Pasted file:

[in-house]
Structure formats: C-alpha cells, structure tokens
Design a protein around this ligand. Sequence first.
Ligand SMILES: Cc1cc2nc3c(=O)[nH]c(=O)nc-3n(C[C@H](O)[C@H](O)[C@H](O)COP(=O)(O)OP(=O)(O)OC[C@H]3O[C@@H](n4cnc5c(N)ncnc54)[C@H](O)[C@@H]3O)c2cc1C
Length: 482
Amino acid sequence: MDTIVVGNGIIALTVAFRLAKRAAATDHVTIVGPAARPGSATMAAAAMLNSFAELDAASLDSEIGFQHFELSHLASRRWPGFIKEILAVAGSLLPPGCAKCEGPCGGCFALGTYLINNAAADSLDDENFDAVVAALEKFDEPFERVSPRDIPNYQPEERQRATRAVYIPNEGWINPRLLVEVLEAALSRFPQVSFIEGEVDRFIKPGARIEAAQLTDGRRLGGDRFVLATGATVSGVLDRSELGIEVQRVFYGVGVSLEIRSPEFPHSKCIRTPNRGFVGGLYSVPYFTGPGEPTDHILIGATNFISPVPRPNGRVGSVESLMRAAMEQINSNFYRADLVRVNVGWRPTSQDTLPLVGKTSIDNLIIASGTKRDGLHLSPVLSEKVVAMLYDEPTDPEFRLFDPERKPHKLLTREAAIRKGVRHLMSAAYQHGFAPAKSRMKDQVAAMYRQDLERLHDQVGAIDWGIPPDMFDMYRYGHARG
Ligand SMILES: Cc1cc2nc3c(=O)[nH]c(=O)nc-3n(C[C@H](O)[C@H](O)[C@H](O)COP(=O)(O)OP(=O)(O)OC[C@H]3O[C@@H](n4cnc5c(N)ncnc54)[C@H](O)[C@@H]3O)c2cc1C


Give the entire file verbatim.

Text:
[in-house]
Structure formats: C-alpha cells, structure tokens
Design a protein around this ligand. Sequence first.
Ligand SMILES: Cc1cc2nc3c(=O)[nH]c(=O)nc-3n(C[C@H](O)[C@H](O)[C@H](O)COP(=O)(O)OP(=O)(O)OC[C@H]3O[C@@H](n4cnc5c(N)ncnc54)[C@H](O)[C@@H]3O)c2cc1C
Length: 482
Amino acid sequence: MDTIVVGNGIIALTVAFRLAKRAAATDHVTIVGPAARPGSATMAAAAMLNSFAELDAASLDSEIGFQHFELSHLASRRWPGFIKEILAVAGSLLPPGCAKCEGPCGGCFALGTYLINNAAADSLDDENFDAVVAALEKFDEPFERVSPRDIPNYQPEERQRATRAVYIPNEGWINPRLLVEVLEAALSRFPQVSFIEGEVDRFIKPGARIEAAQLTDGRRLGGDRFVLATGATVSGVLDRSELGIEVQRVFYGVGVSLEIRSPEFPHSKCIRTPNRGFVGGLYSVPYFTGPGEPTDHILIGATNFISPVPRPNGRVGSVESLMRAAMEQINSNFYRADLVRVNVGWRPTSQDTLPLVGKTSIDNLIIASGTKRDGLHLSPVLSEKVVAMLYDEPTDPEFRLFDPERKPHKLLTREAAIRKGVRHLMSAAYQHGFAPAKSRMKDQVAAMYRQDLERLHDQVGAIDWGIPPDMFDMYRYGHARG
Ligand SMILES: Cc1cc2nc3c(=O)[nH]c(=O)nc-3n(C[C@H](O)[C@H](O)[C@H](O)COP(=O)(O)OP(=O)(O)OC[C@H]3O[C@@H](n4cnc5c(N)ncnc54)[C@H](O)[C@@H]3O)c2cc1C